The ethical concept of being right or wrong is one I shall not be delving into – it’s a branch of philosophy reliably left to Socrates and co. 

However, something being good or bad is more nuanced and individualistic – something we’re empowered to have; our own opinions. 

In addition to the changing Government comms, branding and business communication is particularly under the spotlight for showcasing a lack of authenticity and for undertaking purpose-, ethic- or value-washing.

This started as a drafted list of ‘winners and losers’, but given the harsh contextual realities of the global pandemic, and mounting economic tsunami, I thought a change of tack would be welcome.

So, what were the brands that have got it ‘right’ and ‘wrong’ during the pandemic?

Creative Coronavirus Comms

I thought I’d start by highlighting some of the good work done by marketers, communicators and businesses across brand marketing in the past few months. Those who got it more right than others. In no particular order:

North London’s Camden Town brewery rebranded its popular Camden Hells lager as ‘Camden Heroes’, giving away a six-pack of the beer to every NHS worker as a thank you.

In the same vein, many businesses volunteered their time, products and services to give back to the NHS, including Pret giving free hot drinks and 50% off food, breweries including Brewdog producing hand sanitiser (although it needed more alcohol), and a regional pub group donating meals to NHS, carers and frontline workers.

Heinz took a similar route with its ‘breakfast isn’t going anywhere’ campaign – partnering with Magic Breakfast to donate 12 million free breakfasts to schoolchildren who needed it the most. Precursor to Marcus Rashford’s strong work (or is it ‘Daniel’?).

Explaining coronavirus and why we’re in lockdown to children can be a struggle. Creators of ‘The Gruffalo’ Julia Donaldson and Axel Scheffler created 12 illustrations featuring a range of characters, including Stick Man and Zog, to help children understand the importance of social distancing.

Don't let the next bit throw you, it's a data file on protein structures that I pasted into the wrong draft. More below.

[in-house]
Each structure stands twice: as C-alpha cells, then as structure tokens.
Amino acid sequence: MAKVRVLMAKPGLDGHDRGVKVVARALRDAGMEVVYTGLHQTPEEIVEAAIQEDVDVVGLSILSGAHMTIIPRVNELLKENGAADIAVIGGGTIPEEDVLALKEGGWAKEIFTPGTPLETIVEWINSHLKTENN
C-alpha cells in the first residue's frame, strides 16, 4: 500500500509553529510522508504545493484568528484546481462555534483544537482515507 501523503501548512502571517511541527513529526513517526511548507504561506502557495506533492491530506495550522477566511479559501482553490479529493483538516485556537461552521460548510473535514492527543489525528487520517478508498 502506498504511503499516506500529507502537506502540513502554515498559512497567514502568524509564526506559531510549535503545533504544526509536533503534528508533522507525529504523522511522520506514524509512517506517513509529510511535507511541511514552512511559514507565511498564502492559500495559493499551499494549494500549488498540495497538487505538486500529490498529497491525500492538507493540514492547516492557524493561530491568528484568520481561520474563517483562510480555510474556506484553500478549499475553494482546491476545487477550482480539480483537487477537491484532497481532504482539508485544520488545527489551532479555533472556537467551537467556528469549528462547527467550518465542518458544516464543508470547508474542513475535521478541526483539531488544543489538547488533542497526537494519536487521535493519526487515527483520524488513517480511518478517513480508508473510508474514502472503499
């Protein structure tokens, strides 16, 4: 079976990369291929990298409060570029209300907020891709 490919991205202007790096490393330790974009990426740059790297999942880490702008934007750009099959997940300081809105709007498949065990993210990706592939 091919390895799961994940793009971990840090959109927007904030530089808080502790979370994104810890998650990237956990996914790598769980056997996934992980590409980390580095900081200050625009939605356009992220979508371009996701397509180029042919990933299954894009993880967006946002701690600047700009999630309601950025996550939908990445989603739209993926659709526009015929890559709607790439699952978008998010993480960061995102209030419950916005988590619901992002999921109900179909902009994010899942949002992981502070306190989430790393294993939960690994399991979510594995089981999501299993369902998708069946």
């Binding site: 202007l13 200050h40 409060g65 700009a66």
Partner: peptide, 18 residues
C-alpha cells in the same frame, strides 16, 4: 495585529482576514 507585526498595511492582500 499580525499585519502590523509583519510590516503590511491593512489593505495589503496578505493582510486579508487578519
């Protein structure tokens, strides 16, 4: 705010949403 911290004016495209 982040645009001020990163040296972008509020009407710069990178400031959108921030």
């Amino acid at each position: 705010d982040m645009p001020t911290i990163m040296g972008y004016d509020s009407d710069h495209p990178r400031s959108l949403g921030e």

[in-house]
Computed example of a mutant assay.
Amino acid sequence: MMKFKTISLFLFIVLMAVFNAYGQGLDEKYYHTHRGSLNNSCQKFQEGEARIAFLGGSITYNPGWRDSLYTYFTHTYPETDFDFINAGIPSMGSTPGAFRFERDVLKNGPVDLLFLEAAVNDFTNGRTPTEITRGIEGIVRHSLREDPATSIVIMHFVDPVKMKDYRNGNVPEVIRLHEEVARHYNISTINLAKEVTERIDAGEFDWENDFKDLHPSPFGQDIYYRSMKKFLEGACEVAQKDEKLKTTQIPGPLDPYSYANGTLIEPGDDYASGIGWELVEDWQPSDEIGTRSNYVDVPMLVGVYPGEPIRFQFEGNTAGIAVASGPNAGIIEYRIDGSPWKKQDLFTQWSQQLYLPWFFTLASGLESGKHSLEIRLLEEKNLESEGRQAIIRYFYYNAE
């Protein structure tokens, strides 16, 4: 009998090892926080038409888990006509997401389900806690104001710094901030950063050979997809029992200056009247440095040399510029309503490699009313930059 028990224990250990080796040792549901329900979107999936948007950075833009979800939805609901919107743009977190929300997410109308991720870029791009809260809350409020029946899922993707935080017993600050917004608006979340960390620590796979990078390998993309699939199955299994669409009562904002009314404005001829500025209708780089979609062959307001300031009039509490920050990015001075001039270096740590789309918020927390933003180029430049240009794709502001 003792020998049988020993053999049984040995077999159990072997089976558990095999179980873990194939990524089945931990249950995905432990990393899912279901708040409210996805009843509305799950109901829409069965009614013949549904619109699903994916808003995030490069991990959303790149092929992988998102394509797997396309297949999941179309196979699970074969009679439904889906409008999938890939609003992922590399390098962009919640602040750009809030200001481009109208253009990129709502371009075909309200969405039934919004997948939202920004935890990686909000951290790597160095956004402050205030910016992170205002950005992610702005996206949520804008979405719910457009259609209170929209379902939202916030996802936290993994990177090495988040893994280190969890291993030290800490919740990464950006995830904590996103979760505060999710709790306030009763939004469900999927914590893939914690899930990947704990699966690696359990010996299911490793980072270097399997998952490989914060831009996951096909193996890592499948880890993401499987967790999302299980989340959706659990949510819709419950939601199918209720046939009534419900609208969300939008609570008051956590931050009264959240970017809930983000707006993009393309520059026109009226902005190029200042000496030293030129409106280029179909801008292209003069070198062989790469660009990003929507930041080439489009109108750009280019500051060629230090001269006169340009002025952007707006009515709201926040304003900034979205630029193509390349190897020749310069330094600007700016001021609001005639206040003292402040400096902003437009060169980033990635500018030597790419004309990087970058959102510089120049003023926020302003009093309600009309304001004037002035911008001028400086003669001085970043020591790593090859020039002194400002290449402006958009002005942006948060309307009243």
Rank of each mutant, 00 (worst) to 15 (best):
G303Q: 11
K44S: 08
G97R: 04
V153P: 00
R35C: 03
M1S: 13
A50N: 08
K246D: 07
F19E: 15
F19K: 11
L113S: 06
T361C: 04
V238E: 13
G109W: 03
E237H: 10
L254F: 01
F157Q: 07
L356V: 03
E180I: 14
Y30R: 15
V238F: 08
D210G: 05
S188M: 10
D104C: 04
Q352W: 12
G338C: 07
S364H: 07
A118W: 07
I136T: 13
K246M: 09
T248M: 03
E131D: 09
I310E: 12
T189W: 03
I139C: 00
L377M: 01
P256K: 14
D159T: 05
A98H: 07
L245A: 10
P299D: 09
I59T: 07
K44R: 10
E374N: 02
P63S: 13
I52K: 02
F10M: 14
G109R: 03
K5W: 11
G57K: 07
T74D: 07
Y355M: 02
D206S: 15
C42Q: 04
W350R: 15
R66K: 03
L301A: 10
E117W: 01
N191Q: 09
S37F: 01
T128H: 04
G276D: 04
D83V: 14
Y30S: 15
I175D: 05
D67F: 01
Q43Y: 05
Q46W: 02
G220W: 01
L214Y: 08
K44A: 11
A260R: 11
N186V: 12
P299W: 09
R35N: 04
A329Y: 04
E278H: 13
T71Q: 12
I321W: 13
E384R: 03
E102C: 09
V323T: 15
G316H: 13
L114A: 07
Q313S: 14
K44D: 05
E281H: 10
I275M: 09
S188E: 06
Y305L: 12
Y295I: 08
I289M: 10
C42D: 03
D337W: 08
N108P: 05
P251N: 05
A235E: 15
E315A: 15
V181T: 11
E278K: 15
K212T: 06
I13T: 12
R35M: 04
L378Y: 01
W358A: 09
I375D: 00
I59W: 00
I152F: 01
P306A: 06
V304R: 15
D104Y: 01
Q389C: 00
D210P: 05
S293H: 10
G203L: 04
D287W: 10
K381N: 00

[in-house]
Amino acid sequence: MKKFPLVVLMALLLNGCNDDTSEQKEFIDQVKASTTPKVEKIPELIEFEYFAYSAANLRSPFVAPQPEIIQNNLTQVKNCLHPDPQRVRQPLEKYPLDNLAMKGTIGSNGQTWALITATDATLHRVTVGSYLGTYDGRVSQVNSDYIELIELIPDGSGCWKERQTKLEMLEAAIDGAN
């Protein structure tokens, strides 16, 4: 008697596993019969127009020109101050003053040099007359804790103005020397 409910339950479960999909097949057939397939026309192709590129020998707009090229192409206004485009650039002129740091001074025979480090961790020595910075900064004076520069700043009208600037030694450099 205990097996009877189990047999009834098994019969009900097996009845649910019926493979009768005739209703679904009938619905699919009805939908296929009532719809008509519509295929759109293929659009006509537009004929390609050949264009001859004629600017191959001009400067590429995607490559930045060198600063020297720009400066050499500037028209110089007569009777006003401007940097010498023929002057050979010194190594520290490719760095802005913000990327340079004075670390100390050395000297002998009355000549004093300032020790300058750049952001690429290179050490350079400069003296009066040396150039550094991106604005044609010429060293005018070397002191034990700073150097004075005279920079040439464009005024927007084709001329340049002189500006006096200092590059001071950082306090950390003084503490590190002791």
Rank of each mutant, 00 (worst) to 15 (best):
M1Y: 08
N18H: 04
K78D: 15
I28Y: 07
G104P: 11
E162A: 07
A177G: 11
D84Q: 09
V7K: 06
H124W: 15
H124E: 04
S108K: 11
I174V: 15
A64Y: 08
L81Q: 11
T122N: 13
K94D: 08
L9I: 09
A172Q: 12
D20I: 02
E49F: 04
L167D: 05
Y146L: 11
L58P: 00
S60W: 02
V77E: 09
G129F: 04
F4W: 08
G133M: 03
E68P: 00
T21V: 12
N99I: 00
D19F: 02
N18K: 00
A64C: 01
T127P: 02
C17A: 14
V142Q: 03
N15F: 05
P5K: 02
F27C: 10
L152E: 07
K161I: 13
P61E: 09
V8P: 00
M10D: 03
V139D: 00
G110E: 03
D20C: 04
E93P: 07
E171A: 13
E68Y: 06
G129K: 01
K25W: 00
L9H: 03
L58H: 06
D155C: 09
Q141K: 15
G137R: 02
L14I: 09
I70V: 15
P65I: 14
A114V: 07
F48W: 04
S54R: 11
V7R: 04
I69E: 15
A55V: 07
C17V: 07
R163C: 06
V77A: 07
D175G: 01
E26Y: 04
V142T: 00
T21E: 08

This was also the approach by some larger brands who adapted their logo for impact, however, they were chastised by some for being a short-term PR stunt. However, food for thought that clever ideas don’t have to be big changes.

More light-hearted campaigns that caught my eye were Lego’s take on the video call – relevant for work as well as keeping in touch with friends and family – Ikea Spain’s reminder of the importance of staying home with a TV ad and clever poster campaign, and the Budweiser ‘Whassup’ redux reminding people to check in on friends in isolation. also did well, pulling the plug on it’s big campaign featuring Captain Obvious squashed up in a plane, with hands in snacks, for a new, social-distancing piece. A U-turn that was probably a good idea, given that consumers were having to cancel holiday plans for the foreseeable future, avoid flying and stay 6ft away from people…

And finally, snack brand Emily capitalised on its first ever out-of-home (OOH) ad campaign that was already paid for, by adapting the messaging to ensure it was picked up in other media, such as social. Very clever and, as the brand believes, it will have more cut through from its impact: “…this is going to have a lot less eyeballs…[but] because it’s so relevant and it’s of the moment… people want a bit of humour right now and that’s what will allow this campaign to resonate.”

So, that was a look at some of the more positive marketing activity over the past couple of months – food for thought around brands’ activities during the pandemic.

Stay tuned for the next piece on coronavirus marketing (Marketing that missed the mark) coming soon on Trajectory’s blog.

Adam Driver is founder and MD at strategic communications consultancy Authentic Comms